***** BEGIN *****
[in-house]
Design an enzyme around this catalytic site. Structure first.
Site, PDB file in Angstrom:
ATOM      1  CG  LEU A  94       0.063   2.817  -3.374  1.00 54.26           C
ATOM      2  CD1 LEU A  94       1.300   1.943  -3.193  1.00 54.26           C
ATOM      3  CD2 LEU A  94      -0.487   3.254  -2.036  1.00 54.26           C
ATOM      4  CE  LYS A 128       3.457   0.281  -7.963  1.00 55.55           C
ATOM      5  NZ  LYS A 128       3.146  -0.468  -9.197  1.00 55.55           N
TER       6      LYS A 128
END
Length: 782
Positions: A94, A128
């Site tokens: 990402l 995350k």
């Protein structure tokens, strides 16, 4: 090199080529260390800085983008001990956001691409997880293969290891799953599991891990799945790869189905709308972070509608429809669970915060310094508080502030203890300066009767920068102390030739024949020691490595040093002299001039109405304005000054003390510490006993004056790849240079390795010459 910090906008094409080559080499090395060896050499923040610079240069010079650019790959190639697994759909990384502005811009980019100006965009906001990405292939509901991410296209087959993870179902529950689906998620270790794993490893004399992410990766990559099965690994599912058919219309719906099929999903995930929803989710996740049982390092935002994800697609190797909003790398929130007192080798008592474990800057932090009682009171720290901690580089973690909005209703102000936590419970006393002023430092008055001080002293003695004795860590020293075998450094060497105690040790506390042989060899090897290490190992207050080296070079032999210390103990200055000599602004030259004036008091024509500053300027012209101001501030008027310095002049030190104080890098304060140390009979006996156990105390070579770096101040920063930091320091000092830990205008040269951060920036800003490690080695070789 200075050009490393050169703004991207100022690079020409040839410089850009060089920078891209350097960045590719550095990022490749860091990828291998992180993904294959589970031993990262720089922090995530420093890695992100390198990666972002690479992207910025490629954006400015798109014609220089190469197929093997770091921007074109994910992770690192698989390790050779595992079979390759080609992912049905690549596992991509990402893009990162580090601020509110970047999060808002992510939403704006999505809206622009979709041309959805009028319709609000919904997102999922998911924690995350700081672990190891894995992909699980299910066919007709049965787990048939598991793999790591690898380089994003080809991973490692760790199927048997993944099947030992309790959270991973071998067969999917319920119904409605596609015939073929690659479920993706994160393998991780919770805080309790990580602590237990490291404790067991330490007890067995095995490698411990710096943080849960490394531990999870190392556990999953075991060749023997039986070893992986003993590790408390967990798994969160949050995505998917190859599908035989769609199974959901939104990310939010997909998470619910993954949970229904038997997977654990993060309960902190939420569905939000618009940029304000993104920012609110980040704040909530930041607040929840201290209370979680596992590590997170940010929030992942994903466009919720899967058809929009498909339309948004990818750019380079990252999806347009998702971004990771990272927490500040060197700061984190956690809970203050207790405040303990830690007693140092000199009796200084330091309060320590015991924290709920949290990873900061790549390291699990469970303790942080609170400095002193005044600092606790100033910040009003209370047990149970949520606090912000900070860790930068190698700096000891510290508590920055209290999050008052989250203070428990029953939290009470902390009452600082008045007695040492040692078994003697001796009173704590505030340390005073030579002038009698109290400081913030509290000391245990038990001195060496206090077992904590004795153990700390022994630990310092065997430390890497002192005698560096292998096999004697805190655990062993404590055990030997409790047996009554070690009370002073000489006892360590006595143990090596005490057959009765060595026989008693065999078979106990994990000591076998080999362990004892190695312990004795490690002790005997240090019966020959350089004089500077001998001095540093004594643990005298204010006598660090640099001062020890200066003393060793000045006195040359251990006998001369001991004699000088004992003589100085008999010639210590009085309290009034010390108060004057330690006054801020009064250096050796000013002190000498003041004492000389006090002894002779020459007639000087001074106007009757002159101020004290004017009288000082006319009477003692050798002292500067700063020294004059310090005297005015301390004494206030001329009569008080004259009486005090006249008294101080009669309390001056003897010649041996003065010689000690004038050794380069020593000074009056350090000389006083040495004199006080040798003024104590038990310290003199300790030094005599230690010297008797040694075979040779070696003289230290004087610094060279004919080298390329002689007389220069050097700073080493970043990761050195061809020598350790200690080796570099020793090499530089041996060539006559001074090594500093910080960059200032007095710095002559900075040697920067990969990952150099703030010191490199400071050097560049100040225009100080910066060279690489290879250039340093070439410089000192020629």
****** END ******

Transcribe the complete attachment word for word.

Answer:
[in-house]
Design an enzyme around this catalytic site. Structure first.
Site, PDB file in Angstrom:
ATOM      1  CG  LEU A  94       0.063   2.817  -3.374  1.00 54.26           C
ATOM      2  CD1 LEU A  94       1.300   1.943  -3.193  1.00 54.26           C
ATOM      3  CD2 LEU A  94      -0.487   3.254  -2.036  1.00 54.26           C
ATOM      4  CE  LYS A 128       3.457   0.281  -7.963  1.00 55.55           C
ATOM      5  NZ  LYS A 128       3.146  -0.468  -9.197  1.00 55.55           N
TER       6      LYS A 128
END
Length: 782
Positions: A94, A128
């Site tokens: 990402l 995350k």
């Protein structure tokens, strides 16, 4: 090199080529260390800085983008001990956001691409997880293969290891799953599991891990799945790869189905709308972070509608429809669970915060310094508080502030203890300066009767920068102390030739024949020691490595040093002299001039109405304005000054003390510490006993004056790849240079390795010459 910090906008094409080559080499090395060896050499923040610079240069010079650019790959190639697994759909990384502005811009980019100006965009906001990405292939509901991410296209087959993870179902529950689906998620270790794993490893004399992410990766990559099965690994599912058919219309719906099929999903995930929803989710996740049982390092935002994800697609190797909003790398929130007192080798008592474990800057932090009682009171720290901690580089973690909005209703102000936590419970006393002023430092008055001080002293003695004795860590020293075998450094060497105690040790506390042989060899090897290490190992207050080296070079032999210390103990200055000599602004030259004036008091024509500053300027012209101001501030008027310095002049030190104080890098304060140390009979006996156990105390070579770096101040920063930091320091000092830990205008040269951060920036800003490690080695070789 200075050009490393050169703004991207100022690079020409040839410089850009060089920078891209350097960045590719550095990022490749860091990828291998992180993904294959589970031993990262720089922090995530420093890695992100390198990666972002690479992207910025490629954006400015798109014609220089190469197929093997770091921007074109994910992770690192698989390790050779595992079979390759080609992912049905690549596992991509990402893009990162580090601020509110970047999060808002992510939403704006999505809206622009979709041309959805009028319709609000919904997102999922998911924690995350700081672990190891894995992909699980299910066919007709049965787990048939598991793999790591690898380089994003080809991973490692760790199927048997993944099947030992309790959270991973071998067969999917319920119904409605596609015939073929690659479920993706994160393998991780919770805080309790990580602590237990490291404790067991330490007890067995095995490698411990710096943080849960490394531990999870190392556990999953075991060749023997039986070893992986003993590790408390967990798994969160949050995505998917190859599908035989769609199974959901939104990310939010997909998470619910993954949970229904038997997977654990993060309960902190939420569905939000618009940029304000993104920012609110980040704040909530930041607040929840201290209370979680596992590590997170940010929030992942994903466009919720899967058809929009498909339309948004990818750019380079990252999806347009998702971004990771990272927490500040060197700061984190956690809970203050207790405040303990830690007693140092000199009796200084330091309060320590015991924290709920949290990873900061790549390291699990469970303790942080609170400095002193005044600092606790100033910040009003209370047990149970949520606090912000900070860790930068190698700096000891510290508590920055209290999050008052989250203070428990029953939290009470902390009452600082008045007695040492040692078994003697001796009173704590505030340390005073030579002038009698109290400081913030509290000391245990038990001195060496206090077992904590004795153990700390022994630990310092065997430390890497002192005698560096292998096999004697805190655990062993404590055990030997409790047996009554070690009370002073000489006892360590006595143990090596005490057959009765060595026989008693065999078979106990994990000591076998080999362990004892190695312990004795490690002790005997240090019966020959350089004089500077001998001095540093004594643990005298204010006598660090640099001062020890200066003393060793000045006195040359251990006998001369001991004699000088004992003589100085008999010639210590009085309290009034010390108060004057330690006054801020009064250096050796000013002190000498003041004492000389006090002894002779020459007639000087001074106007009757002159101020004290004017009288000082006319009477003692050798002292500067700063020294004059310090005297005015301390004494206030001329009569008080004259009486005090006249008294101080009669309390001056003897010649041996003065010689000690004038050794380069020593000074009056350090000389006083040495004199006080040798003024104590038990310290003199300790030094005599230690010297008797040694075979040779070696003289230290004087610094060279004919080298390329002689007389220069050097700073080493970043990761050195061809020598350790200690080796570099020793090499530089041996060539006559001074090594500093910080960059200032007095710095002559900075040697920067990969990952150099703030010191490199400071050097560049100040225009100080910066060279690489290879250039340093070439410089000192020629």